Referring to fully grown women as ‘girls’ is harmful as it plays into the patriarchal idea that women are less mature, responsible or professional. Especially in the working world, these childlike qualities don’t align with strong leadership – with a lack of a male equivalent. Therefore, maybe the weight and meaning of ‘girl’ depends on its context. Coming from others in a professional setting, a woman is ‘just a girl’. In contrast, referring to yourself as ‘still a girl’ feels like an act of reclamation, redefining girlhood in a positive light. If women lose power as they age, a universal girlhood becomes a denial of ageist misogyny. Therefore, today’s use of ‘girl’ in a satirical and informal way breaks down its impact as a word used to demean or exclude.

However, this logic has been critiqued as harmful to womanhood. Labelling activities done by women as ‘girly’ could assume there is something wrong with womanhood, some kind of dullness that comes with women growing up. There is a fear that even acknowledging and using infantilising language contributes to the stereotypes women are trying to reclaim. Yet, even if ‘girl’ trends are just re-packaged stereotypes, they are being repackaged in a context without the word’s exclusionary weight. The fun and light-hearted sentiment of ‘girl’ trends can be translated to womanhood, removing the possibility of infantilisation and making the jump to adulthood less daunting.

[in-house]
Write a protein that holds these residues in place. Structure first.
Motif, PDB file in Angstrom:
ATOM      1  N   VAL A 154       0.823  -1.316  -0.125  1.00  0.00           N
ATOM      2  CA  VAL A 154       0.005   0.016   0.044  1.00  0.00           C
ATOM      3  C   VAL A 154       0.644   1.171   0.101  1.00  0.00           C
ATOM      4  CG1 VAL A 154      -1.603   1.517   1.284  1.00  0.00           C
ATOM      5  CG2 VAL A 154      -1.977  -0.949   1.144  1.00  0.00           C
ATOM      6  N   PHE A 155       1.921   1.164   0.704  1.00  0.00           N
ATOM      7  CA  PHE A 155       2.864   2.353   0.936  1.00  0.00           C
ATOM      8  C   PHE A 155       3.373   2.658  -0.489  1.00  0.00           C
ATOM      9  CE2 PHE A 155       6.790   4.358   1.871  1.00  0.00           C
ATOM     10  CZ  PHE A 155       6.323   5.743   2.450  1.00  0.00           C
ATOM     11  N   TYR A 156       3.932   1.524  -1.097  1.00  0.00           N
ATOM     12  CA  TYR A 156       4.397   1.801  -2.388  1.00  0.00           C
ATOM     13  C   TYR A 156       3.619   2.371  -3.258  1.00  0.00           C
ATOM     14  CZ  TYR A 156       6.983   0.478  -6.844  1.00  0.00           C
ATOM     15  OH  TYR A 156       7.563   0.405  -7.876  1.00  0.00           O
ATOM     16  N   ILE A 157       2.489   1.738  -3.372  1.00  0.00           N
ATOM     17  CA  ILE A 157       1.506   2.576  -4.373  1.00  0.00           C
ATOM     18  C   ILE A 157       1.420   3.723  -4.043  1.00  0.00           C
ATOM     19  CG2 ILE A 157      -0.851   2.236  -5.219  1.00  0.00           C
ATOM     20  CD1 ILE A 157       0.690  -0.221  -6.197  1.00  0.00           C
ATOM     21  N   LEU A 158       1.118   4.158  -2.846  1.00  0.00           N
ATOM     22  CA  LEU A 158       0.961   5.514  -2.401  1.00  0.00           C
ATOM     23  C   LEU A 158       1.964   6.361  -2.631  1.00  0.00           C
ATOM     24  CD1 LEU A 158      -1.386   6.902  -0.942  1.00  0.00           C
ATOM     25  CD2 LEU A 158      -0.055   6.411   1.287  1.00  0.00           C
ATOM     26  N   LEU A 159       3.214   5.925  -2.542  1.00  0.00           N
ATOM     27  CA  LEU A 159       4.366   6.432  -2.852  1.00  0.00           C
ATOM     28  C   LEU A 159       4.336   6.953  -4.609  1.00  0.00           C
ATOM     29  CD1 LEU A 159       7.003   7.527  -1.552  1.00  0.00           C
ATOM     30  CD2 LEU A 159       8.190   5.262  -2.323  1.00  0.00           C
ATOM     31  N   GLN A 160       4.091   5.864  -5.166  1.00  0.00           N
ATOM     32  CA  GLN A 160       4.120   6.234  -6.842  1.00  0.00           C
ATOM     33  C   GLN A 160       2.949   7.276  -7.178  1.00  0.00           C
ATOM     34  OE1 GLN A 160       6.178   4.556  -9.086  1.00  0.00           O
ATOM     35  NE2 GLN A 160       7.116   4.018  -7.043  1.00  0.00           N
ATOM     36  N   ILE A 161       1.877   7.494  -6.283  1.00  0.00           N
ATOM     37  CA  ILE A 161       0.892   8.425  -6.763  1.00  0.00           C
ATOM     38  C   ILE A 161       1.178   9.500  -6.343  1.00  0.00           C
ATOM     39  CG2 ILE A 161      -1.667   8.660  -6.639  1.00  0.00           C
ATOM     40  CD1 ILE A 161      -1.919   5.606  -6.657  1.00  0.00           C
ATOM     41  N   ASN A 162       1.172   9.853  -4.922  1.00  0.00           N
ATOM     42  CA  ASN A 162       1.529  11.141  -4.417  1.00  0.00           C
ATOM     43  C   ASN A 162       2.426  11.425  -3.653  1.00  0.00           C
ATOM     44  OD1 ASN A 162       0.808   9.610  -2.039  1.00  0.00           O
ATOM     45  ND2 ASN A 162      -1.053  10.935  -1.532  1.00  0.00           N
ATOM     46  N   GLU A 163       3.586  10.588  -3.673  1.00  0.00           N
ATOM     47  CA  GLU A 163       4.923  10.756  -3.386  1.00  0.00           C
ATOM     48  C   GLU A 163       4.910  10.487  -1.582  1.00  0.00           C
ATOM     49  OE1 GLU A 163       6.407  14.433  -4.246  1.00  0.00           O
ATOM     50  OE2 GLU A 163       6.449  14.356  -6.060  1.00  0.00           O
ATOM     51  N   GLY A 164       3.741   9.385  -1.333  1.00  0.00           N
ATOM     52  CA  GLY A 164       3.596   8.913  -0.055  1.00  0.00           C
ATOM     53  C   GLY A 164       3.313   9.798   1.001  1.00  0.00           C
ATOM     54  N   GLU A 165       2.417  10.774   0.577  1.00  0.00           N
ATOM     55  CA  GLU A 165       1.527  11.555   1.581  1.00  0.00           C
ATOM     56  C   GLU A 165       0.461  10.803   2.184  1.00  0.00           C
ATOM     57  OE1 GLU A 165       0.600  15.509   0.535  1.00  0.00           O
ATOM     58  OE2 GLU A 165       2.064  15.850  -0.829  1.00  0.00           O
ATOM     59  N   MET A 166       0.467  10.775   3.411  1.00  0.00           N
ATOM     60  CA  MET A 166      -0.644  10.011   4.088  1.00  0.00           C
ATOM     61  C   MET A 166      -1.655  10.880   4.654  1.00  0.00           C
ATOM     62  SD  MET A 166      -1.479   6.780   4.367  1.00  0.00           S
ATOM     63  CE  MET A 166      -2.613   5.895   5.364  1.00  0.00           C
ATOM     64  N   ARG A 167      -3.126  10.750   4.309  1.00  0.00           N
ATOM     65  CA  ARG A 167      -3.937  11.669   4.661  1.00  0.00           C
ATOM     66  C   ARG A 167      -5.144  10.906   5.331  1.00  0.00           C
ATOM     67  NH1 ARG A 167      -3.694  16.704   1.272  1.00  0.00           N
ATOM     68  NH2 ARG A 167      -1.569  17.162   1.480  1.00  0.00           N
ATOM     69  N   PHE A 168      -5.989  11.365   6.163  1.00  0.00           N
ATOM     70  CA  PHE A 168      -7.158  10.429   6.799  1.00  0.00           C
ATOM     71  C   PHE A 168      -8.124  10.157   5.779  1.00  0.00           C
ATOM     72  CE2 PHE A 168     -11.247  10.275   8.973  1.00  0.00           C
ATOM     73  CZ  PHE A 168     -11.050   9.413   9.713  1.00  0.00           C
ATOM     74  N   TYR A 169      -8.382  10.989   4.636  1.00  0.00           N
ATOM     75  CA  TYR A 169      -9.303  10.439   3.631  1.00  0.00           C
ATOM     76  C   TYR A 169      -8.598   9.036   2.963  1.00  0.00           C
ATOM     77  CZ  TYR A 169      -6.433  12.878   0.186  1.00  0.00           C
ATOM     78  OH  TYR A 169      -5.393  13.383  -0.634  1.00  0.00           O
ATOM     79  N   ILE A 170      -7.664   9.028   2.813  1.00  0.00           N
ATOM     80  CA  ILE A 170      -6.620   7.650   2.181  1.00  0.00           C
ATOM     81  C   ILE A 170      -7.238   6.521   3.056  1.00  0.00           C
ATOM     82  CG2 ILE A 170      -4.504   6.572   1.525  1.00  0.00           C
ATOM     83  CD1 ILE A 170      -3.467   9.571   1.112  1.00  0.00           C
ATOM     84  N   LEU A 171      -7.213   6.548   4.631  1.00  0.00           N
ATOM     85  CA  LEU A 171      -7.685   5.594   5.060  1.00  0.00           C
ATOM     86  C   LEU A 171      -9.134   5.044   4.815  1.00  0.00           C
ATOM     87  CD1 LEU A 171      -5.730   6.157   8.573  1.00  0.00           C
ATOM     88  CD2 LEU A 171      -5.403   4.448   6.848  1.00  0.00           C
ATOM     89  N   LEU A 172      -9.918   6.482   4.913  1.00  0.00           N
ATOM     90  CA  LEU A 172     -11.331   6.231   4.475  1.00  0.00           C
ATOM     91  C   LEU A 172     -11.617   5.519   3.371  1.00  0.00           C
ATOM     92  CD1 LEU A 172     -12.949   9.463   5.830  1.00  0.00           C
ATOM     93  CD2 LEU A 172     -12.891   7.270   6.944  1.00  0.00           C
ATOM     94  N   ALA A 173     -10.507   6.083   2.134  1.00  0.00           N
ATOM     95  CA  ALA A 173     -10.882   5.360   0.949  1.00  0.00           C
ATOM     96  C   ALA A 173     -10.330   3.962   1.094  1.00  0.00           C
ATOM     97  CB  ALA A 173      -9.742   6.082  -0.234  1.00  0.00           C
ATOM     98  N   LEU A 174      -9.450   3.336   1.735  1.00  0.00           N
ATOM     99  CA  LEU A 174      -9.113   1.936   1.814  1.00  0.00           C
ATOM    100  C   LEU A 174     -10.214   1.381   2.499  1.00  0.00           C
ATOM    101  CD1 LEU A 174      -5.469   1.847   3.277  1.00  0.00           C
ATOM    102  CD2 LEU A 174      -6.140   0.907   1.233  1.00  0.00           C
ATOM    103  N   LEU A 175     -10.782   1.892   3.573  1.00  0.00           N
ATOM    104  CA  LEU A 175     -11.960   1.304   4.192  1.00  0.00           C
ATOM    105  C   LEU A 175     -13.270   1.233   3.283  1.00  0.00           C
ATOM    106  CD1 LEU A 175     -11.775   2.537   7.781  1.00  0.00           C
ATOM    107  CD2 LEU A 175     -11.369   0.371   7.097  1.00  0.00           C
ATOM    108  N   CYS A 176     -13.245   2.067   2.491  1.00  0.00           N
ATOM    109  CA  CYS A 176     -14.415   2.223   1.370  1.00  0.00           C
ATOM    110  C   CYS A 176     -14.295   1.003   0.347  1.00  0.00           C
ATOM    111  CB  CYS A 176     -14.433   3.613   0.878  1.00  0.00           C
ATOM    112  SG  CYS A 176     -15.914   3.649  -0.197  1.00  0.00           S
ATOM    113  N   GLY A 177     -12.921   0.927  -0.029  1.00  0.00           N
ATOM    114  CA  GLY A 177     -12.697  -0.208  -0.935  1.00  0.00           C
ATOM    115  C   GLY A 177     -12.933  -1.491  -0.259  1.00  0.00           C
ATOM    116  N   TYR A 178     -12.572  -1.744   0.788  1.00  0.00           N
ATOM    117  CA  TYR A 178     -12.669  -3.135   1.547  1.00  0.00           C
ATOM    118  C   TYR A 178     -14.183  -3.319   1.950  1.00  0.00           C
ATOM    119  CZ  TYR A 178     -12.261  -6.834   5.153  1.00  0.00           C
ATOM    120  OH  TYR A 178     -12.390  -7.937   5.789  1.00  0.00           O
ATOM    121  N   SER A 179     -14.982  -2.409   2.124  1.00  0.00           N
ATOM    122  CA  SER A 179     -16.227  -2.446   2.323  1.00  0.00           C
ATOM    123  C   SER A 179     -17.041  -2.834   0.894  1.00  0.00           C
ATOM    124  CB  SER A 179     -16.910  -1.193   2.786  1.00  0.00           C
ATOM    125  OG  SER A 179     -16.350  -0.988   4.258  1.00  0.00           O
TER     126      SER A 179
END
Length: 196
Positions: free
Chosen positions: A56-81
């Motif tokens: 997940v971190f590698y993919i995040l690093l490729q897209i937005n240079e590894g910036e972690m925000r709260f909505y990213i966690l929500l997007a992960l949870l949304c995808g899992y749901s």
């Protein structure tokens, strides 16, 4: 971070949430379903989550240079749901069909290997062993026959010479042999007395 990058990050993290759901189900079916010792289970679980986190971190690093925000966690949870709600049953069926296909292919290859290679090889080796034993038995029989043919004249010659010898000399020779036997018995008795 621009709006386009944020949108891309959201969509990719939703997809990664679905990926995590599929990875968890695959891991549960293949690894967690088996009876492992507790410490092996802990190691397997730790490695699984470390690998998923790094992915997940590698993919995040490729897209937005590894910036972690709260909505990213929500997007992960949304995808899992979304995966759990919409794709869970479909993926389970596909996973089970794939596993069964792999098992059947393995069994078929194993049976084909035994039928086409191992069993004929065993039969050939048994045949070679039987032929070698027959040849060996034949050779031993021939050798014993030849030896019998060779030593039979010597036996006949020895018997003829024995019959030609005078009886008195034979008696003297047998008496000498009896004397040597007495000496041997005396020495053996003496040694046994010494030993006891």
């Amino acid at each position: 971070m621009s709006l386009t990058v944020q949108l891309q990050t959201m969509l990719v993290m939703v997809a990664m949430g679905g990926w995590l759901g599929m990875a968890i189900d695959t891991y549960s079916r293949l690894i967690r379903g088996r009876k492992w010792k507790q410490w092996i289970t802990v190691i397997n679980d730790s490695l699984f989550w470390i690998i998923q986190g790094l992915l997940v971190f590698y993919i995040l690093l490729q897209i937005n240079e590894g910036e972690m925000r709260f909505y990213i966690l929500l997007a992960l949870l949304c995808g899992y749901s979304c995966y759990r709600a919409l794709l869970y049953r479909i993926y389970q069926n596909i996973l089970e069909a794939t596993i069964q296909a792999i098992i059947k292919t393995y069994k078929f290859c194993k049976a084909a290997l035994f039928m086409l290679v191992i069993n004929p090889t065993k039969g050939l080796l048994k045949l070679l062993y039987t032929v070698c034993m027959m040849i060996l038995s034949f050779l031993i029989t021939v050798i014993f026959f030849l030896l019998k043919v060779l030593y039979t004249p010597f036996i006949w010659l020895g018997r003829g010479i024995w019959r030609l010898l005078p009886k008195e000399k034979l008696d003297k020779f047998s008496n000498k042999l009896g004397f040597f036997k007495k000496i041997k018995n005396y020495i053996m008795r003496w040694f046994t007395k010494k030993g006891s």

Therefore, maybe today’s ‘girlification’ comes from a need to re-modernise society’s approach to womanhood, to again reclaim the word girl. Rising costs of living, endless job-hunting and an intimidating housing market are making the transition to adulting more daunting than ever. Repackaging adulthood into a series of smaller ‘girlified’ experiences makes growing up more approachable, and simply more fun. Fourth-wave feminism’s use of social media has made the creation of a mass movement possible, allowing the universal girl to be more relatable and accessible than ever. Participation in these trends, and therefore there claiming of girlhood, is widespread, and constant. Even when writing, discussing trends of not even six months old feels out of date, proving how quickly today’s trend cycle develops and reinvents itself. However, despite the short life of individual trends, the sentiment of universal girlhood seems to be a more permanent one within social media, and within feminism.